You've probably heard how bad white sugar is for your health by now.
But being bombarded with so much bad news about sugar might leave you confused about natural sugars.
Is it okay to add natural sweeteners to your diet?
What about fresh fruits that are high in sugar?
It's confusing, but the good news is that not all sugars in their natural form are bad. In fact, our tongue has plenty of sweet receptors for a good reason.
It is completely normal to have a desire for the taste of sweetness.
Nature intended us to eat fresh fruits or things like honey for their health promoting qualities. That's “sweet” right?
Top 6 Natural Sweeteners to Reach For
1. Raw Honey
It comes from the nectar of flowers. This form is pure, unheated, unpasteurized and unprocessed.
When bees collect nectar they add their salivary enzyme to it. This increases its nutritional value.
Raw honey is 80% natural sugars and the rest is water, minerals and protein enzymes.
Just be sure you're not being misled by food labeling tricks when shopping for honey.
Tips on use: It is an excellent fuel before and post exercise. It can be used almost anywhere white sugar can be and works well in recipes too!
2. 100 % Maple syrup
You probably already know it's the sap from maple trees.
But did you know?…The glycemic index of maple syrup is about fifty-four. Compare this to a score of about sixty-five for regular cane sugar.
Maple syrup contains up to twenty-four antioxidants. Darker grade maple syrup contains more antioxidants than the lighter ones.
Tip on use: Use as a replacement for white sugar. Helps to improve digestion.
3. Coconut sugar
It's the dried sap from the blossoms of the coconut flower. It's high in fiber and inulin which slows sugar uptake by the body.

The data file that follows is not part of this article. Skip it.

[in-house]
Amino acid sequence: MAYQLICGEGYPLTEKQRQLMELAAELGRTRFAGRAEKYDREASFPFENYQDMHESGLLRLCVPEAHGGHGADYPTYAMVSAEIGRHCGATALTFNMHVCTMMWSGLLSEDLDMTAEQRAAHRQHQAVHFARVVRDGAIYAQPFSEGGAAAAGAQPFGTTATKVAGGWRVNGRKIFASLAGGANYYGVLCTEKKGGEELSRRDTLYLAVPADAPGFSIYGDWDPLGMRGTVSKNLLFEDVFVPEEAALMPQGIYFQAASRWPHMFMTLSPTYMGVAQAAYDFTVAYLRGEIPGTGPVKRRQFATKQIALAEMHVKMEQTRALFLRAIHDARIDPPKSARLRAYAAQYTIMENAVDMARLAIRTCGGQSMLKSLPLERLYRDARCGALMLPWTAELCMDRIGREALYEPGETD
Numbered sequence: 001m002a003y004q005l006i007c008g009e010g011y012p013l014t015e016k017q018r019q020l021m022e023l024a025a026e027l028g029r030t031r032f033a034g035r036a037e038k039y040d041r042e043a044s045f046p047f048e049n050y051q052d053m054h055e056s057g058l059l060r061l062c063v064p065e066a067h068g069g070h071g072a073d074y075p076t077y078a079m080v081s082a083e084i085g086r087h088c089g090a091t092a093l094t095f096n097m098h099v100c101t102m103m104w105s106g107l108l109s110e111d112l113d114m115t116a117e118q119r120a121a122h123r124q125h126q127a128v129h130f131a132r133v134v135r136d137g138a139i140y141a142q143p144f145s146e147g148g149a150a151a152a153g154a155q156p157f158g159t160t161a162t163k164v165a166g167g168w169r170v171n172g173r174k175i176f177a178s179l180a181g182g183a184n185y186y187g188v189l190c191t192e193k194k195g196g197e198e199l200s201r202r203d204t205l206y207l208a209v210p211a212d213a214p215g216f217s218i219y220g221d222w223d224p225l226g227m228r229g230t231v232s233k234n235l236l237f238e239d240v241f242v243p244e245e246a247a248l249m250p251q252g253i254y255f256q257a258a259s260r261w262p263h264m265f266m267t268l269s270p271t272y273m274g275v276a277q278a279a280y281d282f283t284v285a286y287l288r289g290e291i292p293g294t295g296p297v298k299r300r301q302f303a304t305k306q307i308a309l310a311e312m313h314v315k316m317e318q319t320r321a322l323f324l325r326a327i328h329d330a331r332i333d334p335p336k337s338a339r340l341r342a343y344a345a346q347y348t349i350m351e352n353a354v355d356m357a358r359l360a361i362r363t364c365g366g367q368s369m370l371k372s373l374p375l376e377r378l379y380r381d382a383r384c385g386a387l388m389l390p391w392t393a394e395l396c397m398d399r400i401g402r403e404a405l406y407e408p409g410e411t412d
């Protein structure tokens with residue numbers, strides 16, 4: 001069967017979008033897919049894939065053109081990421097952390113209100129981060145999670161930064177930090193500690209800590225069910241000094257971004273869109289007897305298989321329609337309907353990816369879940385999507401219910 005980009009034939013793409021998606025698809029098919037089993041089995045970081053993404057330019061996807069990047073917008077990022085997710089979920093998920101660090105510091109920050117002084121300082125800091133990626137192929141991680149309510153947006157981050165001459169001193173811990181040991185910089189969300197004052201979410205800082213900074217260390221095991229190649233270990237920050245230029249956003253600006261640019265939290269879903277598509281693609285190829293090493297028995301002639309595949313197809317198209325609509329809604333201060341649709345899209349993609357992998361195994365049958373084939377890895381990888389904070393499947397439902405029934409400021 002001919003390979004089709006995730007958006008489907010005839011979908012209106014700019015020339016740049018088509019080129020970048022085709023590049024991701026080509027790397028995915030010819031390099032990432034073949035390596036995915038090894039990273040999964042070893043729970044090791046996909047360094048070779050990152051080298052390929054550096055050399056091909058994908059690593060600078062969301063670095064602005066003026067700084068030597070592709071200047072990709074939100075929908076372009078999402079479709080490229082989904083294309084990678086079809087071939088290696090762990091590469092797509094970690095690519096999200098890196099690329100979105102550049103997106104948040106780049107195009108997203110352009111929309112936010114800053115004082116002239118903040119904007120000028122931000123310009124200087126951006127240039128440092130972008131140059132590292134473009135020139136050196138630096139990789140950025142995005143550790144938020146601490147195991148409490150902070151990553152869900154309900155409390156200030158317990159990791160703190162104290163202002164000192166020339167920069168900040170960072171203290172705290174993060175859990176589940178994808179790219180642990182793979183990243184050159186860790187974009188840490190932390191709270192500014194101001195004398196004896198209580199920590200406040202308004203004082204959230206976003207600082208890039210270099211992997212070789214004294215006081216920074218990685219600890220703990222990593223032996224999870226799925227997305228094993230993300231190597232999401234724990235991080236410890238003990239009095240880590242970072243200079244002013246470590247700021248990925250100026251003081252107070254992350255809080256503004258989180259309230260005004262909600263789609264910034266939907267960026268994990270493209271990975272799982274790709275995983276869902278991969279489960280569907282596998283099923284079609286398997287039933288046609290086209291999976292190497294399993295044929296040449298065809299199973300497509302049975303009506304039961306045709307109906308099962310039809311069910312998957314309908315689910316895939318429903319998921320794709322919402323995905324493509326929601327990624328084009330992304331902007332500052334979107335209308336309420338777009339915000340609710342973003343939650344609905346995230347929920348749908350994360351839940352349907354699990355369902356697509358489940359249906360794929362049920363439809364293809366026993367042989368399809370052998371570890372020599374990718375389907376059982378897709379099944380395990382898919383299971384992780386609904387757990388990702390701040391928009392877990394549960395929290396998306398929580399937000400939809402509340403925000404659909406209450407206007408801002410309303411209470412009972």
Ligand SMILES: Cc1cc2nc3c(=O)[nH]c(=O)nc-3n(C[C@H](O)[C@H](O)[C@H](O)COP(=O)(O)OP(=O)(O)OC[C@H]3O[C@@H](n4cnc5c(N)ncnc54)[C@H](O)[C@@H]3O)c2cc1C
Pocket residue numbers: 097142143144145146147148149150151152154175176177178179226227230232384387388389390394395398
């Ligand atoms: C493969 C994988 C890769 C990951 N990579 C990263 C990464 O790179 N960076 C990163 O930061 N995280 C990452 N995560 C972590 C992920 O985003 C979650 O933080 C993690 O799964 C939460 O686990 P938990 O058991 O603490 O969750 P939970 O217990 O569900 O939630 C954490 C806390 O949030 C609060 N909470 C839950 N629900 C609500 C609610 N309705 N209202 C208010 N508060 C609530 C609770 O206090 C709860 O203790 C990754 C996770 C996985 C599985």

Inulin also promotes the growth of healthy gut bacteria. It even offers small amounts of zinc, iron, calcium, potassium, and antioxidants.
Even though the amount offered is small, it's still more that you'll get from white sugar!
Tips on use: Best for people with diabetes. Helps to improve gut health as it's prebiotic.
It's an avocado look alike fruit. It has a mellow sweet taste and it is low on the sugar scale.
The flesh of the fruit is dry, so it’s easy to turn it into a powder to add to smoothies and drinks.
Tips on use: Add to dessert as a natural sweetener. Powder form works well with smoothies. It is gluten-free too!
5. Stevia leaf
Just like the name says, it's the leaf of the herb, stevia. It has a naturally sweet taste.
Native cultures dry and grind up the leaf to a powder. The resulting powder is 30 – 40 times sweeter than sugar. Fresh is best.
A lot of familiar brand names that sell themselves as Stevia have too many added chemicals so don't get tricked by labels. Look for fresh stevia leaf or better yet, grow your own.
Tips on use: Suitable for those that want to lose weight or diabetics. Choose leaves from organic Stevia plants and the ones that are least processed.
6. Monk fruit
It's a subtropical melon fruit. Monk fruit has carbohydrates like all fruits and can be harder to find so check specialty grocers and health food stores.
Once dried, the resulting powder has only a trace amount of sugar. Yet, it's sweet to taste from its chemical compounds called mogrosides.
They're antioxidant in nature and occur in high quantities in the dried form.
Your body uses mogrosides in a different way when compared to other sugars. Because of this, it doesn't cause a sugar spike, despite its sweetness.
Tips on use: The powder form is great for use in desserts and drinks.
Keep in mind, sugar in its natural form as present in whole foods is not an issue for most. The problem starts when processing comes into play.
Foods with added sugars are dangerous too. They come loaded with additives, sodium and added fats.
If all this talk of sweets is giving you a sweet tooth, here's an amazing Paleo Apple Crisp recipe that you'll love!
Yours in health,
P.S. Please share this sweet article with your friends who want to kick white sugar and I welcome your comments below. What is your go-t0 natural sweetener?